Insomnia Drugs May Up Fall Risk for Older Adults
Matt Swayne, 13 Oct 17
       

(Credit: Getty Images)

For older adults, taking medication to cope with insomnia may increase the risk of falling, new research suggests.

The problem may stem from older people continuing to take sleep medications long after they should, says Orfeu Buxton, an associate professor of biobehavioral health at Penn State.


“You might think that if they have…sleep medication that risk of falling might go down because they would stay in bed, but it doesn’t.”


“The importance for me—personally and professionally—is that this matches what I’ve heard from gerontologists and physicians treating older patients at assisted-living and nursing homes,” says Buxton. “So many older adults come into the care of a physician late in life with a huge medication burden. They’ve been taking sleeping medications for years, or decades, and it’s the physician’s problem to get them off of medications that are no longer appropriate at that age.”

The medications, which include sleeping pills—some of which are sedative hypnotics—often have side effects that cause problems with balance, memory, and situational awareness, according to Buxton and his colleagues.

“The more likely a person has difficulty sleeping, the more likely they are going to be up and walking around in the dark at night,” says Buxton. “You might think that if they have a physician-prescribed sleep medication that risk of falling might go down because they would stay in bed, but it doesn’t. It worsens.”

Falls are a major health concern for older adults and a costly strain on the American health system, according to the researchers. More than 30 percent of adults aged 60 who live on their own—community dwelling—fall each year. The costs for falls in the older adult population is estimated at $23.3 billion.

Buxton suggests that non-drug-related approaches to treating sleep disorders may be more effective for older adults and not put them at risk for increased falls.

“If you have difficulty sleeping the most effective treatment is cognitive behavioral therapy for insomnia—CBTi—which teaches patients how to learn to sleep well again,” says Buxton. “In contrast, medications have many unintended consequences that worsen with later age and with the duration of taking them. Almost all the sleeping medications are meant only for short-term use and even the long-term use indications are supposed to be on the order of weeks, not decades.”

The researchers also found a link between the number of insomnia symptoms and fall risk. The four symptoms of insomnia—trouble falling asleep, waking up during the night, waking up too early, and not feeling rested—all increased the risks of falls for older adults, according to the researchers.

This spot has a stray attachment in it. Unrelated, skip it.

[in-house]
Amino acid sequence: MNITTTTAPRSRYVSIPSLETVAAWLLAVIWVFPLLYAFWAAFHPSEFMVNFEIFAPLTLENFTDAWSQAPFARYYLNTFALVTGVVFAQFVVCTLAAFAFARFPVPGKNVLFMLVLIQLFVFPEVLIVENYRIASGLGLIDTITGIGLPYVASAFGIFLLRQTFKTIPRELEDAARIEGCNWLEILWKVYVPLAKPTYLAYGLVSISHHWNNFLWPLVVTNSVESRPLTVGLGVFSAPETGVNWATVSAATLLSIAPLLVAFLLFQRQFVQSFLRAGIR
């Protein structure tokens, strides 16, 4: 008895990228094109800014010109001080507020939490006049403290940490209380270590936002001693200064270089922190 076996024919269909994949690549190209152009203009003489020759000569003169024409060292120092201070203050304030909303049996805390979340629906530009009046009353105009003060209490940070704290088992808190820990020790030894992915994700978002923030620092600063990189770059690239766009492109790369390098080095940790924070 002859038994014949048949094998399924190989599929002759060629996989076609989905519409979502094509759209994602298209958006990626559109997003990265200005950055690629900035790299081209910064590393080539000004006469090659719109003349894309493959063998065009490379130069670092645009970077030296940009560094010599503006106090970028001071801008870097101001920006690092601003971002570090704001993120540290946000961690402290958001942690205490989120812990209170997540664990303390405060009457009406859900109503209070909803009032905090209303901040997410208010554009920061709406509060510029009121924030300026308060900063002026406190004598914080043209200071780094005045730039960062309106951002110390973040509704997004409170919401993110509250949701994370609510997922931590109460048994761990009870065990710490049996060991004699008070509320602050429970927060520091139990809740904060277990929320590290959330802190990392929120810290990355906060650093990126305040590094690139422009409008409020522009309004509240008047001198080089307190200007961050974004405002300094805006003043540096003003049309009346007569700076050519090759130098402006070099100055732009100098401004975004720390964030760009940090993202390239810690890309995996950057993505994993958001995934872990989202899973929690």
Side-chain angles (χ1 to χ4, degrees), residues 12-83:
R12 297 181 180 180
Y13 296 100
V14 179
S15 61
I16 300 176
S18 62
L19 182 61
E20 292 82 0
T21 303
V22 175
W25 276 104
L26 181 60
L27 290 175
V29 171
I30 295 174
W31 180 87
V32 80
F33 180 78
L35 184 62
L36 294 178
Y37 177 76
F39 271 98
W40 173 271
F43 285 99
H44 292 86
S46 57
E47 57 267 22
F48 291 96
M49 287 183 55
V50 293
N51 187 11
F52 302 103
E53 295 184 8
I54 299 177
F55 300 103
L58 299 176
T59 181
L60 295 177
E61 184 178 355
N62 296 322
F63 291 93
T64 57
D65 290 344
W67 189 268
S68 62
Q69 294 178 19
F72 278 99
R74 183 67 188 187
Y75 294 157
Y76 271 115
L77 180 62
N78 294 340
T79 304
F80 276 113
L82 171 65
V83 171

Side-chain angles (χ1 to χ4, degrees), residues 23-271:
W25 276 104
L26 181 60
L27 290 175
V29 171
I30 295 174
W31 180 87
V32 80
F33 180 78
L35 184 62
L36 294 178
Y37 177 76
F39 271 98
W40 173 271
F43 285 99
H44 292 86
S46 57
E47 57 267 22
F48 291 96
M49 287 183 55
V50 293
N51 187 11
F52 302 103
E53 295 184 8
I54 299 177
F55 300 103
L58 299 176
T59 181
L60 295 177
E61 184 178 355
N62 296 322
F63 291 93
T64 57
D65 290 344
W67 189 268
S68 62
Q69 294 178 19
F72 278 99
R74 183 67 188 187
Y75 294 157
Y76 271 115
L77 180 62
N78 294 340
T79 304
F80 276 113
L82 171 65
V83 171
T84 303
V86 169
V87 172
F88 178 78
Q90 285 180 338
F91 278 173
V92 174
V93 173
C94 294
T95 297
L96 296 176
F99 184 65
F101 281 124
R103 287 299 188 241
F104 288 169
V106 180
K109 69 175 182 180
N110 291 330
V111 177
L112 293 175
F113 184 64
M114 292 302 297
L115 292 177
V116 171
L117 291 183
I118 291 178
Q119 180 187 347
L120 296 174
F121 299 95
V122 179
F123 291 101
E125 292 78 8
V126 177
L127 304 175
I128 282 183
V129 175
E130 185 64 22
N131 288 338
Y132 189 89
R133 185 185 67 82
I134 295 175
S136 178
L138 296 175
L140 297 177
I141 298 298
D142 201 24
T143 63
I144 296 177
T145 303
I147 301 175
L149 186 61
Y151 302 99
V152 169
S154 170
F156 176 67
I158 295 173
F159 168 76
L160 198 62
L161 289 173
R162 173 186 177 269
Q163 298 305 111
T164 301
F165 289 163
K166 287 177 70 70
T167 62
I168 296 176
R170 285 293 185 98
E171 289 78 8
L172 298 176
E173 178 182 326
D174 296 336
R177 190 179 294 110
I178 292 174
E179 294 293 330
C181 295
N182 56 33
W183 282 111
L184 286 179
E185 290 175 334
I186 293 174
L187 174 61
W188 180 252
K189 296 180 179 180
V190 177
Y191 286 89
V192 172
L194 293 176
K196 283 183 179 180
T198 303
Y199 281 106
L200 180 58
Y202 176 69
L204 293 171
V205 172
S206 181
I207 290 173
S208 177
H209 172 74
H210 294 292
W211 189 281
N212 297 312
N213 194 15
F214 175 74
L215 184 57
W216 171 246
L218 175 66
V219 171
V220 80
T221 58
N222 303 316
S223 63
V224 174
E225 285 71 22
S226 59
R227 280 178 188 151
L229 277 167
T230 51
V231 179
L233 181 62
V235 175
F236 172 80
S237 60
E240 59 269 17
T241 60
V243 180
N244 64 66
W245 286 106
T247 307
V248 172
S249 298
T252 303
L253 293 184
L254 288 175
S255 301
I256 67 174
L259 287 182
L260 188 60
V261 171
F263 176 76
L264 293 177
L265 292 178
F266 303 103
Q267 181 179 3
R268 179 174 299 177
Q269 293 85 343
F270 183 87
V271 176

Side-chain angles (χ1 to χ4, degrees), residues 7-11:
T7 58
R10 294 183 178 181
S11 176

The probability of a fall goes steadily upward from 28 percent for older adults with no symptoms of insomnia, to 40 percent for older adults reporting four different symptoms of insomnia, according to the researchers. However, the risk of falls for those taking physician-prescribed insomnia medicine was always higher for older adults with insomnia, even those who had all four symptoms of insomnia.

Buxton says that future research should be aimed at studying ways to improve the sleep of older adults without sleeping pills.

“We have an urgent need to get older adults with insomnia off of hypnotic medications, they are often contraindicated in older adults,” says Buxton. “We think the most important next studies to do are how to manage that titration process with cognitive behavioral therapy to assist older adults sleeping well without the side effects of hypnotic drugs.”

The researchers used data from the Health and Retirement Study, a longitudinal study featuring a representative sample of 6,882 Americans from the National Institute on Aging.

“The HRS data is publicly available data set and the data collected was about older adults’ lifestyles and their health status, so these older adults were well-functioning, community-dwelling older adults aged 65 and older in the US,” says Soomi Lee, an assistant research professor in biobehavioral health at the university.

“I think it’s fair to say that it’s nationally representative of this group. Also, this is one of the first studies that reveal the longitudinal associations of insomnia burden and sleep medications with falls,” Lee says.

The researchers report their findings in the journal Sleep.

Tuo-Yu Chen, a visiting assistant professor at Duke-National University of Singapore Graduate Medical School and an international faculty affiliate at Penn State Center for Healthy Aging, is a coauthor of the study.

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